Virtual Health: Implications and Opportunities for Medtech Companies | Deloitte US has been saved
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by Bill Murray, specialist executive, and Pedro Arboleda, managing director, Deloitte Consulting LLP
There is little doubt that virtual health is here to stay. Its use has increased dramatically during the COVID-19 pandemic, placing it firmly on the path toward widespread adoption. But how is the increased adoption of virtual health likely to impact the medtech industry in a post-pandemic world?
Industry uptake of telehealth, telemedicine, and other forms of virtual health has been rising quickly since the pandemic began.1 In the early part of 2020, however, significant barriers to large-scale adoption remained, partly due to state and federal regulations, general reluctance among health plans and government payers, and preferences among many consumers for in-person care.
Seemingly overnight, the rapid global spread of the novel coronavirus dramatically changed health care delivery norms and consumer preferences. More than 80% of respondents to a recent survey said they would be “very” or “moderately concerned” about visiting a doctor’s office or hospital if they needed urgent medical treatment.2 Virtual health quickly emerged as a go-to delivery model for clinicians and consumers, offering a safe and cost-effective way to manage continuity of care.
Today, virtual health is helping hospitals and health systems screen, triage, and care for COVID-19 patients. It is also being used to augment and/or replace traditional in-person physician office visits and is providing clinicians with a network through which they can share information and collaborate. Nearly 50% of US surgeons and diagnostic specialists say they are now using telehealth to treat patients, versus 18% prior to the pandemic,3 and virtual interactions are on track to exceed one billion by year’s end.4 The US government has signaled its support of virtual health by temporarily reducing certain regulations and reimbursement restrictions. Demand from clinicians and consumers could cause some of these restrictions to be removed permanently.5
What does virtual health mean for medtech?
Many industry stakeholders expect virtual health to become a permanent part of health care delivery because it enables more effective use of resources and minimizes exposure to diseases for both patients and caregivers. Medtech companies should position themselves for this shift and embrace virtual care to help them respond and prepare to recover and thrive in a post-pandemic world. Potential near-term implications and opportunities include:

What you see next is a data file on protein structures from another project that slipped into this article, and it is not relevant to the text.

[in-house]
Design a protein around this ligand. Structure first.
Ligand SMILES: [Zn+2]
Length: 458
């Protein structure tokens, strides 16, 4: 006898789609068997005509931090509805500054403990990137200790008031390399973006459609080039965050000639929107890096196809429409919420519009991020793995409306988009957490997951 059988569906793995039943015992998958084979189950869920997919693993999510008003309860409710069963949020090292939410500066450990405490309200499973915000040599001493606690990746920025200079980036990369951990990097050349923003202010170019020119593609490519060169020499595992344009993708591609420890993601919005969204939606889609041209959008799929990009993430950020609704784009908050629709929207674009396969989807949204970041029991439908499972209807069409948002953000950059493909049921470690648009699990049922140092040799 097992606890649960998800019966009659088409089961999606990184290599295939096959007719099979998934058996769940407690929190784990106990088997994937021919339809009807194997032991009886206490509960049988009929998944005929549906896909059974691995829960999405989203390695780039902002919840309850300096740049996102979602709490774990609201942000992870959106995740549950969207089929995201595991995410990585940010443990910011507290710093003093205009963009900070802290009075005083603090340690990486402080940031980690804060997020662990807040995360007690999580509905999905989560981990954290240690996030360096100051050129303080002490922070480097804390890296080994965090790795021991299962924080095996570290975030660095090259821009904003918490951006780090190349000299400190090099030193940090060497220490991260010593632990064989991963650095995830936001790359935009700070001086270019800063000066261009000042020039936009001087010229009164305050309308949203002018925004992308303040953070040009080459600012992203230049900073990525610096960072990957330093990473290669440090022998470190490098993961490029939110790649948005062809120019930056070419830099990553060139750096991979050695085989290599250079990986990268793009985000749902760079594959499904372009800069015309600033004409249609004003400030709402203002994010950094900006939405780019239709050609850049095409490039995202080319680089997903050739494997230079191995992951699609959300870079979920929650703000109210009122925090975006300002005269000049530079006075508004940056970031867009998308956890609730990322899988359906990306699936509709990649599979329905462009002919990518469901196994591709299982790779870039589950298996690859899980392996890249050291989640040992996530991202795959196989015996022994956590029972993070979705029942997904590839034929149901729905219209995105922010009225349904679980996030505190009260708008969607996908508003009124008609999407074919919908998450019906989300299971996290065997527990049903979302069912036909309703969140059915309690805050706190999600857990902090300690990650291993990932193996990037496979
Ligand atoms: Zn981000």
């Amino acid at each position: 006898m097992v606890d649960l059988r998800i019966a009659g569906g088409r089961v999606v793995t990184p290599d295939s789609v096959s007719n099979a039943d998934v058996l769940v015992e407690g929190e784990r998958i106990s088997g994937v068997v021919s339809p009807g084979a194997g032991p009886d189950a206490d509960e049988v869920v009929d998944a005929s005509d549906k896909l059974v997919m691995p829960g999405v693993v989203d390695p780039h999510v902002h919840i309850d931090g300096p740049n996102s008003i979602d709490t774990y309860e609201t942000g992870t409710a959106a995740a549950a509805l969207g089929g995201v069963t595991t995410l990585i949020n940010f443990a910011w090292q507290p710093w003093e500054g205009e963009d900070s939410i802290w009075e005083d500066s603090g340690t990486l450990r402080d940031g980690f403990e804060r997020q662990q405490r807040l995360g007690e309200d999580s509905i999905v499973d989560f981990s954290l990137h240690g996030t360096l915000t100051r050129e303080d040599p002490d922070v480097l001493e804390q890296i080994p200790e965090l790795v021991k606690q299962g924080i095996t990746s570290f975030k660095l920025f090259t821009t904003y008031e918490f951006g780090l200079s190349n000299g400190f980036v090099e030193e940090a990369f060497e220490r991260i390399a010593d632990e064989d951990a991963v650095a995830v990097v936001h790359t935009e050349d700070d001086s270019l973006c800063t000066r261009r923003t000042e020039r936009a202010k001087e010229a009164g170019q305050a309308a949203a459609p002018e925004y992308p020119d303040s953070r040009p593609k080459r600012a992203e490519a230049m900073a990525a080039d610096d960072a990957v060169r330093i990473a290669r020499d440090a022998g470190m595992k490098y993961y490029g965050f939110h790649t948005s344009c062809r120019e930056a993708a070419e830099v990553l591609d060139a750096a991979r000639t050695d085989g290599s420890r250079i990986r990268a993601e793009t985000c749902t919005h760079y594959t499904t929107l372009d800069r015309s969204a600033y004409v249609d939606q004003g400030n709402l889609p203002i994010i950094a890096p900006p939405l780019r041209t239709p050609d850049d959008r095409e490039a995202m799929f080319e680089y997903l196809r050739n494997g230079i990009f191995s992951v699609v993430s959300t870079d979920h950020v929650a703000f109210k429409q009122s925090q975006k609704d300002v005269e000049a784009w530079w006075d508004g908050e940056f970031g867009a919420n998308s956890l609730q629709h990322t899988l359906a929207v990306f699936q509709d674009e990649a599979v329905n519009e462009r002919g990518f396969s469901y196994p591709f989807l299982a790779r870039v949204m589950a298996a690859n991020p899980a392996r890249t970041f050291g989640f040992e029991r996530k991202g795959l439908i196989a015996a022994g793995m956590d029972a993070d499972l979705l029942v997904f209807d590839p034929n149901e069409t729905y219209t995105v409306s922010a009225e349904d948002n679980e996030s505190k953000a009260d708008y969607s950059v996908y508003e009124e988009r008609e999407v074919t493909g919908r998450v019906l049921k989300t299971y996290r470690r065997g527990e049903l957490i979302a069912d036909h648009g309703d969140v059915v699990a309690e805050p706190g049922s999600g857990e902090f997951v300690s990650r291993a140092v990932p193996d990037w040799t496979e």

1. Changes in demand: Some medtech companies have seen a drop in demand for products used in elective procedures, including joint replacements and other implantable devices.6 However, there has been overwhelming demand for devices that can help hospitals keep up with a surge of COVID-19 patients. While tremendous energy and resources are being devoted to the crisis, medtech companies should prepare for a resurgence of non-emergency procedures as face-to-face visits resume.
2. New care delivery norms: Over the past decade, many hospitals and health systems have steadily moved certain inpatient tests and procedures to outpatient settings, including the home. Home-based care’s growth is being accelerated, in part, by the increased use of smart phones, watches, wearables, and other remote-monitoring devices, some of which offer diagnostic functions. How care is delivered is becoming just as important as the care itself. Many leading medtech organizations are developing products and technologies that allow more care to take place in the home and in other lower-acuity environments.7 Moreover, as physicians rely more on remote health monitoring to make medical decisions, the accuracy, performance, and value of data generated by devices used in virtual care will likely become more important. Manufacturers should anticipate that their devices will likely have to meet new health and regulatory standards.